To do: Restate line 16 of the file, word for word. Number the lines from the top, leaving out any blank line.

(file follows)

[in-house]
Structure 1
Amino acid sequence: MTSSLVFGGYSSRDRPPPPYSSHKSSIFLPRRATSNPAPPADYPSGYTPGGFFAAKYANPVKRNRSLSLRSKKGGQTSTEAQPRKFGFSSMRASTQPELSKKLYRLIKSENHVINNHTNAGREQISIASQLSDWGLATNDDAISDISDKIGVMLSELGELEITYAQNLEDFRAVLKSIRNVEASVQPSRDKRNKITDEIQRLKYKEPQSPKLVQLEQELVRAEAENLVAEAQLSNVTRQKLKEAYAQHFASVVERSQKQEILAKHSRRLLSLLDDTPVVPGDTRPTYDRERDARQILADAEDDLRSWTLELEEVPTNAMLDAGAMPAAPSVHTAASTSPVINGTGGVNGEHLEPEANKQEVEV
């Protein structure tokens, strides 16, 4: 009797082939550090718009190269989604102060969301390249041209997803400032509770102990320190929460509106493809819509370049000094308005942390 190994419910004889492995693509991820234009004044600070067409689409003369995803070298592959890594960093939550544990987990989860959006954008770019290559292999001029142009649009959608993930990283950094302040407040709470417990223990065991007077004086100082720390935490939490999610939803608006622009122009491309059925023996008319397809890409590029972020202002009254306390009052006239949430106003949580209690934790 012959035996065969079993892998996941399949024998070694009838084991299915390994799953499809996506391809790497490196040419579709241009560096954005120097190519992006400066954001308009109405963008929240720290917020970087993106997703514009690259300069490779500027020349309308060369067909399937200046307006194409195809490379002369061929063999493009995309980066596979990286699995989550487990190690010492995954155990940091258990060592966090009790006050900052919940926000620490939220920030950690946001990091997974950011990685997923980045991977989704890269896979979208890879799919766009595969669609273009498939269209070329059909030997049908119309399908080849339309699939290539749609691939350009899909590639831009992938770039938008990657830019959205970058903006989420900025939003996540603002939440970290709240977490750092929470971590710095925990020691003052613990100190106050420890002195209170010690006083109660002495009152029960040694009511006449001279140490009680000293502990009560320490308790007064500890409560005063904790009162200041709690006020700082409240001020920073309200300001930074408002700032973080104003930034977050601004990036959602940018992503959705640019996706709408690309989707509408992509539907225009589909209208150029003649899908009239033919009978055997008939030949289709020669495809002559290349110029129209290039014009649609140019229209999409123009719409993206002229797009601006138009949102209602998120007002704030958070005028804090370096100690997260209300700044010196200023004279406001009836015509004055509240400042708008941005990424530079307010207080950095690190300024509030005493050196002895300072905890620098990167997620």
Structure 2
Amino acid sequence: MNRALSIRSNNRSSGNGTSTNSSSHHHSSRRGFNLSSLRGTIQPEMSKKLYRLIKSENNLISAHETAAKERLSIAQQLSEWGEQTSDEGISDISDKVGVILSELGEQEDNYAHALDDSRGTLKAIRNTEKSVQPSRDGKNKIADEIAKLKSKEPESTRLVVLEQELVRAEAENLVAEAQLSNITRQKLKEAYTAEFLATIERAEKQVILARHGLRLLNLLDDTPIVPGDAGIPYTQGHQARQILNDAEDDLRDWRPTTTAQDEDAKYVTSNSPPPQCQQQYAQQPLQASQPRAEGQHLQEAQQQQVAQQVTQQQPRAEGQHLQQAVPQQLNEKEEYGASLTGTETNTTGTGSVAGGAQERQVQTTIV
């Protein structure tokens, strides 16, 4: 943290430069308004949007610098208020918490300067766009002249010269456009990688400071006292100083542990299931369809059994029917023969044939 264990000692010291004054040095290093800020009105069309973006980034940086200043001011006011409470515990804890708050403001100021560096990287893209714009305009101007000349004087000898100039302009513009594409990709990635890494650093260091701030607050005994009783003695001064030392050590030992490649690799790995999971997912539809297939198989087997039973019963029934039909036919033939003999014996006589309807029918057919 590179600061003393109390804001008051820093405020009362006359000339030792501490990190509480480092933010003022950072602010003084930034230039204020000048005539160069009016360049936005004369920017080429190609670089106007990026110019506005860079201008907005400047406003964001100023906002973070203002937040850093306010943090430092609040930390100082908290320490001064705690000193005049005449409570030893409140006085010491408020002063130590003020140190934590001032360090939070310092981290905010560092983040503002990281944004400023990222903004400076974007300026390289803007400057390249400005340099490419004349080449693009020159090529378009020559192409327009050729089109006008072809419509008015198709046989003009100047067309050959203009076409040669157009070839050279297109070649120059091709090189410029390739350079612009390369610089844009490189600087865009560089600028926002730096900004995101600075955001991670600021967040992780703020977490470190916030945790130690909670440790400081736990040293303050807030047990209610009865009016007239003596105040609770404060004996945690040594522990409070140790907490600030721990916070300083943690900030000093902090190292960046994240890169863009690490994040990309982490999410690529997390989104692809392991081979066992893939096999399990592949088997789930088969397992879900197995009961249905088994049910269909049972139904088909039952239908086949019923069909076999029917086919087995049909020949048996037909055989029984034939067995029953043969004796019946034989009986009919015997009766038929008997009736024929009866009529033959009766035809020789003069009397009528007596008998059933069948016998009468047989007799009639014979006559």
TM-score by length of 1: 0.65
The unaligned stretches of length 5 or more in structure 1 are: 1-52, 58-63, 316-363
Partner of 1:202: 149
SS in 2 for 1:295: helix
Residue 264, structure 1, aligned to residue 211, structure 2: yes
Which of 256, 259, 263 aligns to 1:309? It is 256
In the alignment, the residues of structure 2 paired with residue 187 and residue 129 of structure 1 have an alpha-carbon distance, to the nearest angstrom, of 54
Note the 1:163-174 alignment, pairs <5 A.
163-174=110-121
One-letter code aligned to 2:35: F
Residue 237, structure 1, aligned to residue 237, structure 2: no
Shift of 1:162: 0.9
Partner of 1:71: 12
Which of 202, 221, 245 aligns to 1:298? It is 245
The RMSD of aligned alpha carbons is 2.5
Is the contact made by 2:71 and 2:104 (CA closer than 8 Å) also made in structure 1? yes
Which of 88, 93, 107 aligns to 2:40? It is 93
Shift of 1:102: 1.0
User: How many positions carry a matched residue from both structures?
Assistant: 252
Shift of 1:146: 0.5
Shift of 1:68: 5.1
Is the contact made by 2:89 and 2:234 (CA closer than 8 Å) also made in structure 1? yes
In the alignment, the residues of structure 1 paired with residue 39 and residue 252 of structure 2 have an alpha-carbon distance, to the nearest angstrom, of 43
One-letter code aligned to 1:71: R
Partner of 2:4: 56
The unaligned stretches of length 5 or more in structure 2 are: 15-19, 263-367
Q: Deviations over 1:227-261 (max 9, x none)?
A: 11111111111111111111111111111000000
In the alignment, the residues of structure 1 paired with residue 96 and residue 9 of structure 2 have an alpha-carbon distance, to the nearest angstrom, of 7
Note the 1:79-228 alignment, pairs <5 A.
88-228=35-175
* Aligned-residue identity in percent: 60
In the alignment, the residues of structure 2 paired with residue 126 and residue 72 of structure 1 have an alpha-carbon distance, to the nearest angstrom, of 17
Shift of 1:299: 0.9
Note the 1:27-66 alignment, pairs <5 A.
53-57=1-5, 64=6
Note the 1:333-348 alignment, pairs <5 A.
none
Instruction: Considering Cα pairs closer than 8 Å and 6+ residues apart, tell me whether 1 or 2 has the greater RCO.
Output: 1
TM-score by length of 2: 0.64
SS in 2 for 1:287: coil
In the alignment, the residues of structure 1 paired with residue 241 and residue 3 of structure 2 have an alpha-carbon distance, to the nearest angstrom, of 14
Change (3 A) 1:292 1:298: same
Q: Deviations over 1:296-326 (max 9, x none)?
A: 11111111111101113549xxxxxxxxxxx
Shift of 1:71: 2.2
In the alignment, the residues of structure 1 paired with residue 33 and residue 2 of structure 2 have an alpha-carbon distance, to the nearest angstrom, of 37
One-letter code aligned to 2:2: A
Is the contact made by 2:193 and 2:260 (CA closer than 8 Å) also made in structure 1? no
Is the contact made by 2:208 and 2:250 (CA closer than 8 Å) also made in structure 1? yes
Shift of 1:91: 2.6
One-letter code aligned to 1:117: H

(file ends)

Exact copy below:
163-174=110-121